'Generic visuals' of Covid-19 in the news: Invoking banal belonging through symbolic reiteration

Camilla Mork Rostvik, Helen Kennedy, Chris Anderson, Giorgia Aiello* (Corresponding Author)

*Corresponding author for this work

Research output: Contribution to journalArticlepeer-review

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In the early days of the Covid-19 pandemic, images of the virus molecule and ‘flatten-the-curve’ line charts were inescapable. There is now a vast visual repertoire of vaccines, people wearing face masks in everyday settings, choropleth maps and both bar and line charts. These ‘generic visuals’ circulate widely in the news media and, however unremarkable, play an important role in representing the crisis in particular ways. We argue that these generic visuals promote banal nationalism, localism and cosmopolitanism in the face of the crisis, and that they do so through the symbolic reiteration of a range of visual resources across news stories. Through an analysis of three major news outlets in the UK, we examine how generic visuals of Covid-19 contribute to these banal visions and versions of belonging and, in doing so, also to foregrounding the role of the state in responding to the crisis.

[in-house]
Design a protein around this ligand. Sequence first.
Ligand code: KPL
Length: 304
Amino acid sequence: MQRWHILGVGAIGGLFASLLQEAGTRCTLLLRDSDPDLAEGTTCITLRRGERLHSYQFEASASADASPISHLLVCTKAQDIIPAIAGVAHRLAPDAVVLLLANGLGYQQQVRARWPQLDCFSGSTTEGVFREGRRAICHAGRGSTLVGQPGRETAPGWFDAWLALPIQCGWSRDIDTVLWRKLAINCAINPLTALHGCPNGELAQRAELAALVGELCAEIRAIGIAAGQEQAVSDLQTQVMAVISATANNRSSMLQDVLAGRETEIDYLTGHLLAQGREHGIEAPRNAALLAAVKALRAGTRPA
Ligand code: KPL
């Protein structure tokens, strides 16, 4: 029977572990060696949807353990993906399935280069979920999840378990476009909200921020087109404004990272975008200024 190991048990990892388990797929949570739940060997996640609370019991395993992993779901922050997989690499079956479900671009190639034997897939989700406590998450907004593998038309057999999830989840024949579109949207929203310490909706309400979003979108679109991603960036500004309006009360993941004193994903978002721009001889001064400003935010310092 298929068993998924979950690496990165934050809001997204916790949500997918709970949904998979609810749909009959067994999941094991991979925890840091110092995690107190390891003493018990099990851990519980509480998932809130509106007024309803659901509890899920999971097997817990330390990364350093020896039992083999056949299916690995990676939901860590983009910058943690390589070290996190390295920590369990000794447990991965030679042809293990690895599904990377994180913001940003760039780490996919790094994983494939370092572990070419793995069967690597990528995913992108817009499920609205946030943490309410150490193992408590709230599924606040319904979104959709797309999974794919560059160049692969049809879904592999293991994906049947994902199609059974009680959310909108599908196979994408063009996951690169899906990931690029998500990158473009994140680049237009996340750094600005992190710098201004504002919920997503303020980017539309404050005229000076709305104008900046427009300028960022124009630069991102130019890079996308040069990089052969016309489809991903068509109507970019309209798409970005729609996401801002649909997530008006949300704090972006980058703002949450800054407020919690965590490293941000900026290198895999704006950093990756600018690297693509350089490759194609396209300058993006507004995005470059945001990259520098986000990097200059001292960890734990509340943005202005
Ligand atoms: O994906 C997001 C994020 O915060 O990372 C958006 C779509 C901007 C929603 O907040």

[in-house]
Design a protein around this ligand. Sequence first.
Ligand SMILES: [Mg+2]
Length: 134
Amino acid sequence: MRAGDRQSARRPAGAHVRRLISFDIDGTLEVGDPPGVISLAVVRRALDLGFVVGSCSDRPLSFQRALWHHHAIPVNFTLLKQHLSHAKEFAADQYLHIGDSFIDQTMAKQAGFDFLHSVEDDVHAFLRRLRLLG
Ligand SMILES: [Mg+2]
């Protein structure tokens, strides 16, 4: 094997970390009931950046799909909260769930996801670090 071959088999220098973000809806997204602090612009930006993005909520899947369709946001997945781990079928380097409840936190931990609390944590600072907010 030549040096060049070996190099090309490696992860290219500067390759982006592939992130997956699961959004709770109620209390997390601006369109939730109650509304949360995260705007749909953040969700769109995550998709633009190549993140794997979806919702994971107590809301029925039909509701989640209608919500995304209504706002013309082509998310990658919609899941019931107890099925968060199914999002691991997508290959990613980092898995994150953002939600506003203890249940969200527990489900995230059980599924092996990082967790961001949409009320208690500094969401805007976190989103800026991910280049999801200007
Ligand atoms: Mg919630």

Original languageEnglish
Pages (from-to)309-330
Number of pages22
JournalInternational Journal of Cultural Studies
Issue number3-4
Early online date16 Feb 2022
Publication statusPublished - Jul 2022

Bibliographical note

The author(s) disclosed receipt of the following financial support for the research, authorship, and/or publication of this article: This work was supported by the Arts and Humanities Research Council (grant number AH/T000015/1).


  • banal nationalism
  • Covid-19
  • data visualisation
  • generic visuals
  • news media
  • symbolic reiteration
  • stock photography
  • visual communication


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